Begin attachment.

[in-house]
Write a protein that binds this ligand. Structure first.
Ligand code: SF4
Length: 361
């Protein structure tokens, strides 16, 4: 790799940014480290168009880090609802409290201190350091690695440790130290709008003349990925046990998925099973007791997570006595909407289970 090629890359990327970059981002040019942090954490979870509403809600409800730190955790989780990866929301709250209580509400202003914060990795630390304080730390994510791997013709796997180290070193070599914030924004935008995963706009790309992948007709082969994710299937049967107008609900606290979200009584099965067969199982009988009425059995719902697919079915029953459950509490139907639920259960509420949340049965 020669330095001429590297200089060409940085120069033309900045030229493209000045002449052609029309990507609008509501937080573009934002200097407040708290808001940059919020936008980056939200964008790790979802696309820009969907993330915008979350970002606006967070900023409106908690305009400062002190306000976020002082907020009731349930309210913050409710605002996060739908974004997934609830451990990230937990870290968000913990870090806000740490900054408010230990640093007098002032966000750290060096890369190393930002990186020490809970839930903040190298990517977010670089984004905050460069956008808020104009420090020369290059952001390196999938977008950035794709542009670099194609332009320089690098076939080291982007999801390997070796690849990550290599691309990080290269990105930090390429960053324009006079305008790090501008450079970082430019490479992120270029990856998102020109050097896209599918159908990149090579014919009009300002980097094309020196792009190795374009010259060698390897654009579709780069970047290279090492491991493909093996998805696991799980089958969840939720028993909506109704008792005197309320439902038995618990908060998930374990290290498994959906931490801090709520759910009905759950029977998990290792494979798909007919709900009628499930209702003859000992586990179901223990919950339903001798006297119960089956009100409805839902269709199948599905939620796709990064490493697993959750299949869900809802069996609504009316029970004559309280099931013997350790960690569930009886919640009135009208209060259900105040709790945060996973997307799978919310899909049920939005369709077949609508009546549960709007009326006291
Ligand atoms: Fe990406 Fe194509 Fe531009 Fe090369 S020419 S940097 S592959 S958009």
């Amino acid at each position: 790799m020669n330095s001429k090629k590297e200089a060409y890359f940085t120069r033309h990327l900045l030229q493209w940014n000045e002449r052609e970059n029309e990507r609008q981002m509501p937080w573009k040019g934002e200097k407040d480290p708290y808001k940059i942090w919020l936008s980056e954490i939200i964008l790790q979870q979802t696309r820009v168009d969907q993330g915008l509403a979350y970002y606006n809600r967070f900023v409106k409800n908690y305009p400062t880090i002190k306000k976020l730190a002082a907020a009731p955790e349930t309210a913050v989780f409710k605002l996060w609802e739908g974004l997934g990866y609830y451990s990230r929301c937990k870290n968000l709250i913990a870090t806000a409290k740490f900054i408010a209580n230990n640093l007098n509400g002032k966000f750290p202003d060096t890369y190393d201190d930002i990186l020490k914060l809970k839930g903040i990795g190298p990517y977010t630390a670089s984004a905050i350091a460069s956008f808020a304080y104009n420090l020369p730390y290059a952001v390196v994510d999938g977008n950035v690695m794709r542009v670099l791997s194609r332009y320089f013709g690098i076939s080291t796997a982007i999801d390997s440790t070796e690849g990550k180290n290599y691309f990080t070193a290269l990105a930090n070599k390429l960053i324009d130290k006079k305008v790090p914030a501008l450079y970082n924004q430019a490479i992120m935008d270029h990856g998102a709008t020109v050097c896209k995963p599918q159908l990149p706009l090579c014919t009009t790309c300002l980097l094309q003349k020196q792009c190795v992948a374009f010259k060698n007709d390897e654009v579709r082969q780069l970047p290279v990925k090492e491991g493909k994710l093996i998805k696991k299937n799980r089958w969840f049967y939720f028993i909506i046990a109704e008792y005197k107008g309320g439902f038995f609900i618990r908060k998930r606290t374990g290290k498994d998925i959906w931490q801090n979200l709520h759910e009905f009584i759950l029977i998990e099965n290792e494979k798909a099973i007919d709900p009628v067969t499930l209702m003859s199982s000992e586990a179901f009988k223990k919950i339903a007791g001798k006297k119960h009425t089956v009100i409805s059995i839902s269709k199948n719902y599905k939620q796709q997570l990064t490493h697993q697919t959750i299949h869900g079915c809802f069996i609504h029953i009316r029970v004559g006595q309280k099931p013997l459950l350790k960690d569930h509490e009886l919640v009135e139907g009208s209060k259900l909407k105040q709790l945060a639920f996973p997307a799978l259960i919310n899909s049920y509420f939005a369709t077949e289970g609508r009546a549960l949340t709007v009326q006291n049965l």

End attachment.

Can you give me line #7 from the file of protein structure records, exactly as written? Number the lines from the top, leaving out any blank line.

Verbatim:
């Amino acid at each position: 790799m020669n330095s001429k090629k590297e200089a060409y890359f940085t120069r033309h990327l900045l030229q493209w940014n000045e002449r052609e970059n029309e990507r609008q981002m509501p937080w573009k040019g934002e200097k407040d480290p708290y808001k940059i942090w919020l936008s980056e954490i939200i964008l790790q979870q979802t696309r820009v168009d969907q993330g915008l509403a979350y970002y606006n809600r967070f900023v409106k409800n908690y305009p400062t880090i002190k306000k976020l730190a002082a907020a009731p955790e349930t309210a913050v989780f409710k605002l996060w609802e739908g974004l997934g990866y609830y451990s990230r929301c937990k870290n968000l709250i913990a870090t806000a409290k740490f900054i408010a209580n230990n640093l007098n509400g002032k966000f750290p202003d060096t890369y190393d201190d930002i990186l020490k914060l809970k839930g903040i990795g190298p990517y977010t630390a670089s984004a905050i350091a460069s956008f808020a304080y104009n420090l020369p730390y290059a952001v390196v994510d999938g977008n950035v690695m794709r542009v670099l791997s194609r332009y320089f013709g690098i076939s080291t796997a982007i999801d390997s440790t070796e690849g990550k180290n290599y691309f990080t070193a290269l990105a930090n070599k390429l960053i324009d130290k006079k305008v790090p914030a501008l450079y970082n924004q430019a490479i992120m935008d270029h990856g998102a709008t020109v050097c896209k995963p599918q159908l990149p706009l090579c014919t009009t790309c300002l980097l094309q003349k020196q792009c190795v992948a374009f010259k060698n007709d390897e654009v579709r082969q780069l970047p290279v990925k090492e491991g493909k994710l093996i998805k696991k299937n799980r089958w969840f049967y939720f028993i909506i046990a109704e008792y005197k107008g309320g439902f038995f609900i618990r908060k998930r606290t374990g290290k498994d998925i959906w931490q801090n979200l709520h759910e009905f009584i759950l029977i998990e099965n290792e494979k798909a099973i007919d709900p009628v067969t499930l209702m003859s199982s000992e586990a179901f009988k223990k919950i339903a007791g001798k006297k119960h009425t089956v009100i409805s059995i839902s269709k199948n719902y599905k939620q796709q997570l990064t490493h697993q697919t959750i299949h869900g079915c809802f069996i609504h029953i009316r029970v004559g006595q309280k099931p013997l459950l350790k960690d569930h509490e009886l919640v009135e139907g009208s209060k259900l909407k105040q709790l945060a639920f996973p997307a799978l259960i919310n899909s049920y509420f939005a369709t077949e289970g609508r009546a549960l949340t709007v009326q006291n049965l």